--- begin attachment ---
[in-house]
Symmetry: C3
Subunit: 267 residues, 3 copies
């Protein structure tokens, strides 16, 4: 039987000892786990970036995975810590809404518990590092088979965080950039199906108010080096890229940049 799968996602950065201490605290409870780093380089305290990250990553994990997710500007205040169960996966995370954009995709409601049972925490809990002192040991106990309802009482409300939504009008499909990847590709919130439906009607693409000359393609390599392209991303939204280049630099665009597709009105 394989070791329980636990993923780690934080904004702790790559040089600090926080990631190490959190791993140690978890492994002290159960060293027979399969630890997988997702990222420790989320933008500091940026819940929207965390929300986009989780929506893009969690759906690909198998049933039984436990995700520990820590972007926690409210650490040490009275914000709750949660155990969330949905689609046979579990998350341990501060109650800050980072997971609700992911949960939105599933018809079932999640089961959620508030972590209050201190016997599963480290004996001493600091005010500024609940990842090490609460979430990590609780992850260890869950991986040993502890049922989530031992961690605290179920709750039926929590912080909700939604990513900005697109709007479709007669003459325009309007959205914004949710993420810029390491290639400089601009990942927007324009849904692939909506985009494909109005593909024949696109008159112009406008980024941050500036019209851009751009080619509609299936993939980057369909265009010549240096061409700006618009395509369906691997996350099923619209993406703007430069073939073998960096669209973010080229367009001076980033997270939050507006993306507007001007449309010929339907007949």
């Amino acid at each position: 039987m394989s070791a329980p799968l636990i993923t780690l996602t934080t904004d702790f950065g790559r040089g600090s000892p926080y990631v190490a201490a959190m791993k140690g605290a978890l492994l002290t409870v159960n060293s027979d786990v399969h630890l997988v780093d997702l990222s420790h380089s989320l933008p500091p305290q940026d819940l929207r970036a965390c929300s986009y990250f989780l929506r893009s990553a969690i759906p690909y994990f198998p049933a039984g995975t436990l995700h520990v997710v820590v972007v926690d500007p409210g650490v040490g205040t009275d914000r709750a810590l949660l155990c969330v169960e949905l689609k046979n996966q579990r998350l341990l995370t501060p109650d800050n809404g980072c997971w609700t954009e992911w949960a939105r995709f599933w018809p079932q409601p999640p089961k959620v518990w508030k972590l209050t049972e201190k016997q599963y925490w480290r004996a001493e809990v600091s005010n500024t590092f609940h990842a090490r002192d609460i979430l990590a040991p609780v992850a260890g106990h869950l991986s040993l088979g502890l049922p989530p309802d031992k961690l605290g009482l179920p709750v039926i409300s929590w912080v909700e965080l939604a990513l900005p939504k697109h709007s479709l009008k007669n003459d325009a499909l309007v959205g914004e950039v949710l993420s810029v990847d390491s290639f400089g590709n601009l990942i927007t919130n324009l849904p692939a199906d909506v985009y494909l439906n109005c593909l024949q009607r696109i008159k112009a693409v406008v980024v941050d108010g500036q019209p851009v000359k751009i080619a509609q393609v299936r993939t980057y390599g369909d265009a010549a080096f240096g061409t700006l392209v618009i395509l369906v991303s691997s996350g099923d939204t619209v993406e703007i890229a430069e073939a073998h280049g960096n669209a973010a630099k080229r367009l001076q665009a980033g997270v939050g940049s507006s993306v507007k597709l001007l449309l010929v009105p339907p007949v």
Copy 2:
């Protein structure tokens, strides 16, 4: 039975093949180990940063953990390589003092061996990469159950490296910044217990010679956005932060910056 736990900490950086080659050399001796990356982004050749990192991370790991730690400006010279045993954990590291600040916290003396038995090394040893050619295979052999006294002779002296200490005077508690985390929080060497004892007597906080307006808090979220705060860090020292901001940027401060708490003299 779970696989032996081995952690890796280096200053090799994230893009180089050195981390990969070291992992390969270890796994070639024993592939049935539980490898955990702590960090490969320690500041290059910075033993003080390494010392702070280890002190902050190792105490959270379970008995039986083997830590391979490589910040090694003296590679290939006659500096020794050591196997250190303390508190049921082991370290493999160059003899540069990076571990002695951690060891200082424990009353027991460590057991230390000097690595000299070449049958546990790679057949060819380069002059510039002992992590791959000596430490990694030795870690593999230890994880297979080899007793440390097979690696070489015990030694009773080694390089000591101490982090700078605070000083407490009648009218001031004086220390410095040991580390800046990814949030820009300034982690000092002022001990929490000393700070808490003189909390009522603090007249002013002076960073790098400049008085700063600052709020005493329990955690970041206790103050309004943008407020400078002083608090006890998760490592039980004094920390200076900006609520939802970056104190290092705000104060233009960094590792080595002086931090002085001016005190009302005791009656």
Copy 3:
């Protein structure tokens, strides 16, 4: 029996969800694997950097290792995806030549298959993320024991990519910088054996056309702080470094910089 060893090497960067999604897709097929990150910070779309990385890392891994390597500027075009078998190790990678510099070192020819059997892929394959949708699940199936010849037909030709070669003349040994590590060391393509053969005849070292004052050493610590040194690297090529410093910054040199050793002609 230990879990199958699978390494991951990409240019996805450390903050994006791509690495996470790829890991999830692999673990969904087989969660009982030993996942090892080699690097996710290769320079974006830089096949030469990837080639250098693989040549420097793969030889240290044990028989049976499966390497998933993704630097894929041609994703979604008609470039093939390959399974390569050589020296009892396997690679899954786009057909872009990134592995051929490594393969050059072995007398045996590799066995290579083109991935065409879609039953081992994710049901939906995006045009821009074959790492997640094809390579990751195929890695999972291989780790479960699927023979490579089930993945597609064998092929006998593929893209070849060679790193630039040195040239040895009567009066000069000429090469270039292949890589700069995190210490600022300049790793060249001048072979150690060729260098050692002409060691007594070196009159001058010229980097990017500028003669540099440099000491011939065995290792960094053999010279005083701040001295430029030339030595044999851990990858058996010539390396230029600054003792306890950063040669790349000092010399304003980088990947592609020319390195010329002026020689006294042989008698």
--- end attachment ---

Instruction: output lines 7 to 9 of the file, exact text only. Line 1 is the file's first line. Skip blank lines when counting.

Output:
């Protein structure tokens, strides 16, 4: 039975093949180990940063953990390589003092061996990469159950490296910044217990010679956005932060910056 736990900490950086080659050399001796990356982004050749990192991370790991730690400006010279045993954990590291600040916290003396038995090394040893050619295979052999006294002779002296200490005077508690985390929080060497004892007597906080307006808090979220705060860090020292901001940027401060708490003299 779970696989032996081995952690890796280096200053090799994230893009180089050195981390990969070291992992390969270890796994070639024993592939049935539980490898955990702590960090490969320690500041290059910075033993003080390494010392702070280890002190902050190792105490959270379970008995039986083997830590391979490589910040090694003296590679290939006659500096020794050591196997250190303390508190049921082991370290493999160059003899540069990076571990002695951690060891200082424990009353027991460590057991230390000097690595000299070449049958546990790679057949060819380069002059510039002992992590791959000596430490990694030795870690593999230890994880297979080899007793440390097979690696070489015990030694009773080694390089000591101490982090700078605070000083407490009648009218001031004086220390410095040991580390800046990814949030820009300034982690000092002022001990929490000393700070808490003189909390009522603090007249002013002076960073790098400049008085700063600052709020005493329990955690970041206790103050309004943008407020400078002083608090006890998760490592039980004094920390200076900006609520939802970056104190290092705000104060233009960094590792080595002086931090002085001016005190009302005791009656």
Copy 3:
């Protein structure tokens, strides 16, 4: 029996969800694997950097290792995806030549298959993320024991990519910088054996056309702080470094910089 060893090497960067999604897709097929990150910070779309990385890392891994390597500027075009078998190790990678510099070192020819059997892929394959949708699940199936010849037909030709070669003349040994590590060391393509053969005849070292004052050493610590040194690297090529410093910054040199050793002609 230990879990199958699978390494991951990409240019996805450390903050994006791509690495996470790829890991999830692999673990969904087989969660009982030993996942090892080699690097996710290769320079974006830089096949030469990837080639250098693989040549420097793969030889240290044990028989049976499966390497998933993704630097894929041609994703979604008609470039093939390959399974390569050589020296009892396997690679899954786009057909872009990134592995051929490594393969050059072995007398045996590799066995290579083109991935065409879609039953081992994710049901939906995006045009821009074959790492997640094809390579990751195929890695999972291989780790479960699927023979490579089930993945597609064998092929006998593929893209070849060679790193630039040195040239040895009567009066000069000429090469270039292949890589700069995190210490600022300049790793060249001048072979150690060729260098050692002409060691007594070196009159001058010229980097990017500028003669540099440099000491011939065995290792960094053999010279005083701040001295430029030339030595044999851990990858058996010539390396230029600054003792306890950063040669790349000092010399304003980088990947592609020319390195010329002026020689006294042989008698």